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H.B. City School District studies potential sale of 3 school sites, drawing some backlash

H.B. City School District studies potential sale of 3 school sites, drawing some backlash
Students take a cooking class at Sowers Middle School, one of three school sites the Huntington Beach City School District is looking into selling. (File Photo)

The potential sale of several school sites in the Huntington Beach City School District has parents and teachers looking for answers.

A standing-room-only crowd filled the district boardroom Tuesday night in response to the possibility of Joseph R. Perry Elementary School being sold “due to declining enrollment,” as well as either Isaac L. Sowers or Ernest H. Gisler middle schools, the latter of which has been closed since 1985.

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Perry is at 19231 Harding Lane, Sowers is at 9300 Indianapolis Ave. and the former Gisler site is at 21141 Strathmoor Lane.

The board discussed the issue during a study session last month. In November, it approved the first phase of the process for surplus land disposition for the middle schools with a $76,000 contract with BCA Architects. Phase 1 is intended to determine what the land might be worth, engage with local developers, brokers and appraisers and hear district staff’s planning ideas and goals.

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Phase 1 of the same process at Perry, which would cost about $44,000, was set to be approved Tuesday but was tabled following an outcry from community members.

“On behalf of the teachers and staff at Perry Elementary, I’d like to express our grave disappointment with the communication from the district,” Diana D’Zmura, a fourth-grade teacher at Perry, said during public comments at Tuesday’s meeting. “It’s embarrassing when asked by our parents and even some of our students that are hearing what’s going on in the community, and it’s very unsettling not to have the answers for them.”

Board member Paul Morrow suggested delaying moving ahead on Perry in order to talk more with the community.

“The difficulty with that is there’s nothing to talk about yet,” Supt. Gregg Haulk said. “We have not yet begun to talk about closing a school.”

Nonetheless, the board voted unanimously to table the item, though there was no discussion about how communication might be improved before a future meeting.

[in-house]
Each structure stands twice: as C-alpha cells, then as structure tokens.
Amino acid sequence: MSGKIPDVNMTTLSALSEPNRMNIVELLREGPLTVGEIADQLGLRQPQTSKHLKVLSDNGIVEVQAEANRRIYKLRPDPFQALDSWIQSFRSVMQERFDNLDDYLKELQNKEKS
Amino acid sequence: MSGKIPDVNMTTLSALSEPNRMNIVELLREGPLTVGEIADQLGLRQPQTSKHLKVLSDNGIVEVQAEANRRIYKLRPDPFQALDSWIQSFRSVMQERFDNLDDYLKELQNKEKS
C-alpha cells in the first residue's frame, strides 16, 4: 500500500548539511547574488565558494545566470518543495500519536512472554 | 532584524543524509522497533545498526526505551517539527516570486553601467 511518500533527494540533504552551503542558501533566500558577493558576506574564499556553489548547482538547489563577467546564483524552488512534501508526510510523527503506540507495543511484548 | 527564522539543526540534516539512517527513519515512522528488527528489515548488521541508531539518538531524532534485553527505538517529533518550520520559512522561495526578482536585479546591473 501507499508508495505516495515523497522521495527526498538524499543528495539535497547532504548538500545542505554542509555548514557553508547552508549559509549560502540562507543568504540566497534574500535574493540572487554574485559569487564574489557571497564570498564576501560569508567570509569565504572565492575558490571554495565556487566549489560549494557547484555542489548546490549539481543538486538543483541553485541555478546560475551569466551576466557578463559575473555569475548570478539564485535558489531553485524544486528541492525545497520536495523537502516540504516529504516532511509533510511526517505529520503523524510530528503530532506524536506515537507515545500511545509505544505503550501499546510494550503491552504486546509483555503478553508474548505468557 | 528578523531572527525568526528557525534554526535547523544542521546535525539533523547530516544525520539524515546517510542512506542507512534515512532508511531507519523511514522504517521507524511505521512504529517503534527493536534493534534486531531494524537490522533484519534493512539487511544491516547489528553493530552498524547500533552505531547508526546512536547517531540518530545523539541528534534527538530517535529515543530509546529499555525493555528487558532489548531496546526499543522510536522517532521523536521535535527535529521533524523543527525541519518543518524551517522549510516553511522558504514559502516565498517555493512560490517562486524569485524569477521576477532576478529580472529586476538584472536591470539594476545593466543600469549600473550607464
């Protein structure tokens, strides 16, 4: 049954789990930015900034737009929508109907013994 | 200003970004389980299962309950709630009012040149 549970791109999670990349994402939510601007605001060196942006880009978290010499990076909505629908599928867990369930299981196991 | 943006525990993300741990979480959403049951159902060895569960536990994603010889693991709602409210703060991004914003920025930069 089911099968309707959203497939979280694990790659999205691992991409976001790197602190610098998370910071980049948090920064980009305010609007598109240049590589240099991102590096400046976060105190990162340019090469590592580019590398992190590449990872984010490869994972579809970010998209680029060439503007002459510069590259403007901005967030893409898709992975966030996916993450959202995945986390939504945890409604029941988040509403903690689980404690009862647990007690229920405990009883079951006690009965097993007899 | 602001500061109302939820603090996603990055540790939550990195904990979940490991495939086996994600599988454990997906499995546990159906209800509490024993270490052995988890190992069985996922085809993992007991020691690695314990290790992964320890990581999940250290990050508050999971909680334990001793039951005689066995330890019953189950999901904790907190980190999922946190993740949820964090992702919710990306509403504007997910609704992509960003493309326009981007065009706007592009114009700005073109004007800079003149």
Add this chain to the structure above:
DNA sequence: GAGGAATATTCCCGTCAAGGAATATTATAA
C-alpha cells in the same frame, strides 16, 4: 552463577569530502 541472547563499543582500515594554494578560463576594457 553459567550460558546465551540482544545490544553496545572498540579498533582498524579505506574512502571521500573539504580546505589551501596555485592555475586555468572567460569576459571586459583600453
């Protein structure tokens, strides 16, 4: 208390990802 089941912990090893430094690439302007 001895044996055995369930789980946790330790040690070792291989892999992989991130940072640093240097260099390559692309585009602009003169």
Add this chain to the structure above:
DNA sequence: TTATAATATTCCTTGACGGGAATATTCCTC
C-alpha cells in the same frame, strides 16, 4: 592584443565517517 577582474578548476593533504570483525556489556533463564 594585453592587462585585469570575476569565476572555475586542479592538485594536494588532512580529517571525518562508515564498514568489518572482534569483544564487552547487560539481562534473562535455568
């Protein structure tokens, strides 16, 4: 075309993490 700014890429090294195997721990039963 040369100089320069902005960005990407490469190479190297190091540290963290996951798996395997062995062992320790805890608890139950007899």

Board President Rosemary Saylor said parents and other community members “have a responsibility to check on the [district] website” for meeting agendas and information.

“We don’t do anything like this behind closed doors. Our study sessions have been publicly noticed,” Saylor said. “We can’t put knowledge out there if it doesn’t exist yet.”

But parents argued that emails could have been sent out or district staff could visit the schools to explain the process.

With less dissent toward the middle school land disposition, the board Tuesday approved entering the next phase of the process, which will add about $231,000 in expenses. The updated agreement with BCA Architects says this phase will provide “a more nuanced, more reliable understanding of dollars and timelines involved in reaching the goal line of entitlements and sale.”

Haulk said the district needs to study the idea of replacing Sowers because it sits in a liquefaction zone, in which saturated soil could lose strength during the shaking of an earthquake. The California Geological Survey defines a liquefaction zone as an area “where the stability of foundation soils must be investigated” related to the risk of earthquakes.

According to Haulk, fixing the soil would require a $20-million drilling project, so the board began discussing other options, including tearing down and rebuilding either the Sowers or Gisler buildings. The former Gisler site is leased to Brethren Christian School, which likely will be moving soon, Haulk said.

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